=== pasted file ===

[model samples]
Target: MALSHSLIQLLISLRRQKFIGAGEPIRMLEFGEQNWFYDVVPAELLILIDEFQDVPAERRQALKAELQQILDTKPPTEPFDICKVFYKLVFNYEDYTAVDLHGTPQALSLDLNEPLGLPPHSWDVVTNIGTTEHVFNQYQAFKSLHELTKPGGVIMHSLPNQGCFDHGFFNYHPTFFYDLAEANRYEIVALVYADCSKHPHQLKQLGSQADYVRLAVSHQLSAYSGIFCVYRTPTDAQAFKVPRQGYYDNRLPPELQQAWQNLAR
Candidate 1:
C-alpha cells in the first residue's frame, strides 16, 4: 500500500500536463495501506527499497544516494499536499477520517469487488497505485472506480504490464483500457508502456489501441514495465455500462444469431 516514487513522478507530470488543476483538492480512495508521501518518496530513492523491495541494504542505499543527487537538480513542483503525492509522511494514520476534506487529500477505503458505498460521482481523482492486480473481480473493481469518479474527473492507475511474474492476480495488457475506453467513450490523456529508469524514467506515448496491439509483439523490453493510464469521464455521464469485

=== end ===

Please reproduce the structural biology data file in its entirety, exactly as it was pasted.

[model samples]
Target: MALSHSLIQLLISLRRQKFIGAGEPIRMLEFGEQNWFYDVVPAELLILIDEFQDVPAERRQALKAELQQILDTKPPTEPFDICKVFYKLVFNYEDYTAVDLHGTPQALSLDLNEPLGLPPHSWDVVTNIGTTEHVFNQYQAFKSLHELTKPGGVIMHSLPNQGCFDHGFFNYHPTFFYDLAEANRYEIVALVYADCSKHPHQLKQLGSQADYVRLAVSHQLSAYSGIFCVYRTPTDAQAFKVPRQGYYDNRLPPELQQAWQNLAR
Candidate 1:
C-alpha cells in the first residue's frame, strides 16, 4: 500500500500536463495501506527499497544516494499536499477520517469487488497505485472506480504490464483500457508502456489501441514495465455500462444469431 516514487513522478507530470488543476483538492480512495508521501518518496530513492523491495541494504542505499543527487537538480513542483503525492509522511494514520476534506487529500477505503458505498460521482481523482492486480473481480473493481469518479474527473492507475511474474492476480495488457475506453467513450490523456529508469524514467506515448496491439509483439523490453493510464469521464455521464469485